On April 22. 2014. the School Board offered Coghill a placement in the Transition to Work Program. ECF No. 49-4 at 1. Ms. Coghill was to report on April 22. 2014. but she was unhappy with the positions offered to her. ECF No. 49-5 at 1. Specifically, the School Board offered Coghill a position in the Print Shop, but she rejected this position because the chemicals were too strong. ECF No. 53-5 ¶ 34. Plaintiff contends that she visited the Print Shop and ■'experience!d] immediate vision loss from [the] chemical fumes." ECF No. 52 ¶ 23. She was also offered a position in the Records Room, but she declined because the job required her to twist and bend and lift over five pounds, and she could not see the names on the files due to her vision. ECF No. 53-5 *j 34. A representative from Workers" Compensation and Risk Management wrote to Coghill on April 23, 2014. warning her that "failure to report to the Transition to Work Program may jeopardize your work status and benefits with Prince George's County Public Schools." F.CF No. 49-5 at 1.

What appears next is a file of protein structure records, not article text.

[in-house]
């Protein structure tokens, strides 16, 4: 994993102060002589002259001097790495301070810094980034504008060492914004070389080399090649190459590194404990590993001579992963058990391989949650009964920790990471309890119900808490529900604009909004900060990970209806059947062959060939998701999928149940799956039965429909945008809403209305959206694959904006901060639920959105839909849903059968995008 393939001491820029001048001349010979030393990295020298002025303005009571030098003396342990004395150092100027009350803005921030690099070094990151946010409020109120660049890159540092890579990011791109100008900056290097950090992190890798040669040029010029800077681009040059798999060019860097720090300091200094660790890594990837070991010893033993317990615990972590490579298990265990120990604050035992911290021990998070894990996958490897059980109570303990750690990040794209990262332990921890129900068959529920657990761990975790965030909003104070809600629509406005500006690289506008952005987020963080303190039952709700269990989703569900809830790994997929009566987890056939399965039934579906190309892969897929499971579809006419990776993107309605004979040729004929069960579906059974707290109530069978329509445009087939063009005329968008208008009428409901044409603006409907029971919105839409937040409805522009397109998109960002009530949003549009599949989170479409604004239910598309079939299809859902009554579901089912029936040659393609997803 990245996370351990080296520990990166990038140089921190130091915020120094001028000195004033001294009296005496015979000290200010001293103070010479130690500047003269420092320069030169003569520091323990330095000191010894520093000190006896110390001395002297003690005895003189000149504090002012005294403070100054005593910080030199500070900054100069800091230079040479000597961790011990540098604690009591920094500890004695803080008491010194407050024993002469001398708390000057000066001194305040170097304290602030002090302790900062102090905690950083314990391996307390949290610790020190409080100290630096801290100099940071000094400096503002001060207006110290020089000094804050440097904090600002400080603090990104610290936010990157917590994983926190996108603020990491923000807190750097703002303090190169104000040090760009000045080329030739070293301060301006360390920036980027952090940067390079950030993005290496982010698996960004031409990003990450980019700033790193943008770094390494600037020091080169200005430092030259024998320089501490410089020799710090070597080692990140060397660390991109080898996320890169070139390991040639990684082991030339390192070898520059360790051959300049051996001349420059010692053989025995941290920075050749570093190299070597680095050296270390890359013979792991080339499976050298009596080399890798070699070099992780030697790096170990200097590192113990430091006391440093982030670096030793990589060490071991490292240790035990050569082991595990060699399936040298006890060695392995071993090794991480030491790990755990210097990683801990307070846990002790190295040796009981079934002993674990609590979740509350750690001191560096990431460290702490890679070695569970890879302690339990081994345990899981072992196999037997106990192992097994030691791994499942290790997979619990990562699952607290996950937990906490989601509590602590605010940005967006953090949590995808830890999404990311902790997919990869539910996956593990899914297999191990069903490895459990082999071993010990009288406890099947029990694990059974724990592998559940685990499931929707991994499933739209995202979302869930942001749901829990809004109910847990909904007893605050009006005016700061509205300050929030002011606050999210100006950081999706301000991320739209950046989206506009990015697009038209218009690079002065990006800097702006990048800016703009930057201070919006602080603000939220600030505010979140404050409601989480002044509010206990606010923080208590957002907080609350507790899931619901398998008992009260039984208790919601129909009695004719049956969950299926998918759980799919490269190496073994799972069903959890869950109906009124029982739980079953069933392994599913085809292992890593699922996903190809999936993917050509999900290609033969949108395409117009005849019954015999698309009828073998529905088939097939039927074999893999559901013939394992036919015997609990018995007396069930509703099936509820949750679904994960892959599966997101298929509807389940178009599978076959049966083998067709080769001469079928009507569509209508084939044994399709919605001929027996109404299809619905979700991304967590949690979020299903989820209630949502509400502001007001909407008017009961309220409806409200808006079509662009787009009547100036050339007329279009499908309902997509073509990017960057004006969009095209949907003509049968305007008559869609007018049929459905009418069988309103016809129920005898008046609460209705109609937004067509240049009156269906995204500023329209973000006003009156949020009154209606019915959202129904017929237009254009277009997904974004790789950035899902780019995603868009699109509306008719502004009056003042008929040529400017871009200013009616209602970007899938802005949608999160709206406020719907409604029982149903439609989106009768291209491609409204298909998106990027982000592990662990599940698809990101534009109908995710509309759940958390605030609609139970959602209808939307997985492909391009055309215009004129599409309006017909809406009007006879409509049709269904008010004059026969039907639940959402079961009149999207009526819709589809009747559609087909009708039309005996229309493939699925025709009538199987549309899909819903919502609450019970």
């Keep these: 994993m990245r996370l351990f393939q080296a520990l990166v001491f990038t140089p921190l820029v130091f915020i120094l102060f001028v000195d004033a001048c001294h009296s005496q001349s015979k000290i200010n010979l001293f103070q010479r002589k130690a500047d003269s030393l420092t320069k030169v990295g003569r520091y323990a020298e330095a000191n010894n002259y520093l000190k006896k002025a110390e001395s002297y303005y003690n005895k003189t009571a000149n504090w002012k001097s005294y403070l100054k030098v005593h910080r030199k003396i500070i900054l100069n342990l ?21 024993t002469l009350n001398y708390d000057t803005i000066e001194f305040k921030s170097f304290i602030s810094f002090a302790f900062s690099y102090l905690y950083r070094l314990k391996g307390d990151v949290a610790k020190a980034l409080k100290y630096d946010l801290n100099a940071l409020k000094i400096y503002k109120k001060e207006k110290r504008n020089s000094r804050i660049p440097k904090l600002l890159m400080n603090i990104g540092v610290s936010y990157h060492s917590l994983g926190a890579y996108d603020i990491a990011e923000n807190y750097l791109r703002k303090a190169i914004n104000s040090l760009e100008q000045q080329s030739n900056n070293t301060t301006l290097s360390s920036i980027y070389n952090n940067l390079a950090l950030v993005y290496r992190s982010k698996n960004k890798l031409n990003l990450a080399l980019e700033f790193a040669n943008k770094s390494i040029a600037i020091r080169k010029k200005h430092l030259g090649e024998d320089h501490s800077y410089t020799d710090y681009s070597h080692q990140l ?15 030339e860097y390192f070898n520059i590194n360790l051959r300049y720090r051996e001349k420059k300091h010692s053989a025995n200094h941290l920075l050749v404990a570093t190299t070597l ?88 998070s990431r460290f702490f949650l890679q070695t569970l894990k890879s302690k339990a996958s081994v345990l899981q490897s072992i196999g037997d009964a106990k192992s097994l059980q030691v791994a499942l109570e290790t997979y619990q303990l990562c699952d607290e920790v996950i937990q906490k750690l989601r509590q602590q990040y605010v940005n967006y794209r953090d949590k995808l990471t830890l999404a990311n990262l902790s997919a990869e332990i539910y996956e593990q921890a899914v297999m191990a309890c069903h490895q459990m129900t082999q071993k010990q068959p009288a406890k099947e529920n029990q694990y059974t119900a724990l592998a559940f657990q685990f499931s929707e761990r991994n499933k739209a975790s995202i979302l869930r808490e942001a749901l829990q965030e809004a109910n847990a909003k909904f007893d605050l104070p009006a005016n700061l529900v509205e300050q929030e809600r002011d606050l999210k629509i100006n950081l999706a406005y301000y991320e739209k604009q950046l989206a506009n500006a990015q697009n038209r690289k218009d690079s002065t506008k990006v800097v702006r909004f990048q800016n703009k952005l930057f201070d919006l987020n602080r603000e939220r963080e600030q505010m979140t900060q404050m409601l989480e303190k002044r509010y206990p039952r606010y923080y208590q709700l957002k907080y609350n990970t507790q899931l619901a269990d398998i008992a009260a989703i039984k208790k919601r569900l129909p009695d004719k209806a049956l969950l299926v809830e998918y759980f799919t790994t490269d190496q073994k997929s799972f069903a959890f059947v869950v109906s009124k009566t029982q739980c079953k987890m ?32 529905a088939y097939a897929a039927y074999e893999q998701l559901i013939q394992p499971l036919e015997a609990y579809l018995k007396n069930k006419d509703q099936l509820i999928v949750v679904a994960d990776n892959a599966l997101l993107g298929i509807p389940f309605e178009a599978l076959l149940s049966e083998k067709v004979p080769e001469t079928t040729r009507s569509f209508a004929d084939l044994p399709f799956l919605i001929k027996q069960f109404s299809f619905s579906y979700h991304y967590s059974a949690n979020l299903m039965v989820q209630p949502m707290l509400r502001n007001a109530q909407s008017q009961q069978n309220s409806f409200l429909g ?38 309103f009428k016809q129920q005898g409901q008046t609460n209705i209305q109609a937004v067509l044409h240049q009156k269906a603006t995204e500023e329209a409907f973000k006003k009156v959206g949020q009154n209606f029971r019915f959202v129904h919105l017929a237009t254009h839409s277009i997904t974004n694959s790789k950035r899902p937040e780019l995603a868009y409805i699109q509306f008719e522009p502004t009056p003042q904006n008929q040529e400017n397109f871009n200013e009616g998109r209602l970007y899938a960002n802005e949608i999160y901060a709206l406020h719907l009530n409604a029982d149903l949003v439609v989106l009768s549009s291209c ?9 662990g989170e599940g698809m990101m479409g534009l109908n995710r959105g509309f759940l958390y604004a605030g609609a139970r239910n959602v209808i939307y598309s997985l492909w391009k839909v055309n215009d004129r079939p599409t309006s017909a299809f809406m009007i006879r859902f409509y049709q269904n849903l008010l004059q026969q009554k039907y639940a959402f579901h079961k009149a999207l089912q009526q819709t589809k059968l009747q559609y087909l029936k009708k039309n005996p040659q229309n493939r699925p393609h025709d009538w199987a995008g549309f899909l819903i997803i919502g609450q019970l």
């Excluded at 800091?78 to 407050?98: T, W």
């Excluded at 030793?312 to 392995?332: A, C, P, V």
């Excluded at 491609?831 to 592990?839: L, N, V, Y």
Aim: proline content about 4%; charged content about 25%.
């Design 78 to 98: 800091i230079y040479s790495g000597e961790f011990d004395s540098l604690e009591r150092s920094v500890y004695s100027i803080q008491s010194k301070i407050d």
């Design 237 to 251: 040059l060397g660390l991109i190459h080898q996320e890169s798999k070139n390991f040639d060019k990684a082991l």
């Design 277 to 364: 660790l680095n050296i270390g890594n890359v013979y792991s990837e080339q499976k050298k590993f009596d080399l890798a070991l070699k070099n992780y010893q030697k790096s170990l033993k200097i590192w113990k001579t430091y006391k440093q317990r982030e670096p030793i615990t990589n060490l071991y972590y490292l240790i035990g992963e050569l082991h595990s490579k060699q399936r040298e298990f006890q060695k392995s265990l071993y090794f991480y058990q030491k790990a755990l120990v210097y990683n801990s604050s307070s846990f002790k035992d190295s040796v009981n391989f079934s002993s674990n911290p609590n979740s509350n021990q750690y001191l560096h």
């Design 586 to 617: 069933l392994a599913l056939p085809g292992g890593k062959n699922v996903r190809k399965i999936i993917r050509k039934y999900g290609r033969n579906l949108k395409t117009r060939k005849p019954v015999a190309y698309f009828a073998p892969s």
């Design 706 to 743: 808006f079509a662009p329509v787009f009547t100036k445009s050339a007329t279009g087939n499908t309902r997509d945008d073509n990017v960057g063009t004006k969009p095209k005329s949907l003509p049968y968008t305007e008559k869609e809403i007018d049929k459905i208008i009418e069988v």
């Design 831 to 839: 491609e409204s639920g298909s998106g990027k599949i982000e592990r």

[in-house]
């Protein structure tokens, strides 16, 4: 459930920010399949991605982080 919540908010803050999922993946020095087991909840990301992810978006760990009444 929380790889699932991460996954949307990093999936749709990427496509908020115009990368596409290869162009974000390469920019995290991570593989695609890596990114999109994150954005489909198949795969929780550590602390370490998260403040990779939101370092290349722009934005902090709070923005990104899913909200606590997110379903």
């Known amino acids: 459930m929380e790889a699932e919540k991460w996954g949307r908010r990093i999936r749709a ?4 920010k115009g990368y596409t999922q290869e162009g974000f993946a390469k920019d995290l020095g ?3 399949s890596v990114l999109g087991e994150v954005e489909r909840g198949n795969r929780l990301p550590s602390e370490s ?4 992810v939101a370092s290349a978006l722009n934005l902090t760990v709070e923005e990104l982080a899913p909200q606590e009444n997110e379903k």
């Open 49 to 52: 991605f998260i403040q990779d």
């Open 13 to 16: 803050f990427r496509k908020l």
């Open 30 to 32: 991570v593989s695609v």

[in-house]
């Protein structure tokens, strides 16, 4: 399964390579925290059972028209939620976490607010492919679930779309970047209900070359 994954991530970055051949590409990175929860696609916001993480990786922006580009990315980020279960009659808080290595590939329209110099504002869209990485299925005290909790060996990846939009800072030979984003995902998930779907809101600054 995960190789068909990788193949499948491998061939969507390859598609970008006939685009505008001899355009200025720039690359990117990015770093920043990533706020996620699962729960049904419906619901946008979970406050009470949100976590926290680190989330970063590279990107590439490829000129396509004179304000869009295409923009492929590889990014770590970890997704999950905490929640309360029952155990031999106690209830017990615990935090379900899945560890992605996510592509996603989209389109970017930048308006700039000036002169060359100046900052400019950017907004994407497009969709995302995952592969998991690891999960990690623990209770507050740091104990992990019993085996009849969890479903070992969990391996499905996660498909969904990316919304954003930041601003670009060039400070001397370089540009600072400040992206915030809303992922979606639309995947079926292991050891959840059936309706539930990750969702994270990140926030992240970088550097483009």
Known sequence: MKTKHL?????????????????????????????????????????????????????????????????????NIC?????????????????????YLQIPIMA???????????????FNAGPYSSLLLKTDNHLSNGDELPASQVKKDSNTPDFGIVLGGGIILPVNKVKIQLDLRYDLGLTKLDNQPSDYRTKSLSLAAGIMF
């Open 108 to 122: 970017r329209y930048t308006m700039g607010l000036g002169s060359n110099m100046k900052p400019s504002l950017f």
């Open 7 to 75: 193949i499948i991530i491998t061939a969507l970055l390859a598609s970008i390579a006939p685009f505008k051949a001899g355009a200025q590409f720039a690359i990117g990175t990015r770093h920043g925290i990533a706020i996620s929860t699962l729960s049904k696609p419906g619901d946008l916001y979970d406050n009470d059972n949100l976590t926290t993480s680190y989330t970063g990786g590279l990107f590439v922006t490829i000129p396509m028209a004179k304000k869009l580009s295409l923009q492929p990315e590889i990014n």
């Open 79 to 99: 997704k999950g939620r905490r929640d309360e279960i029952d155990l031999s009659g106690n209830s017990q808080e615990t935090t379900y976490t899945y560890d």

Plaintiff subsequently failed to respond to two notices of Loudermill, or due process. hearings[6] on March 5. 2014 and June 17. 2015. ECF No. 49-6 at 1. She was then instructed to contact the Employee and Labor Relations Office by September 8, 2015. but did not do so. Id. Plaintiff was terminated from Prince George's County Public Schools on December 1. 2015. Id.

         B. Procedural History'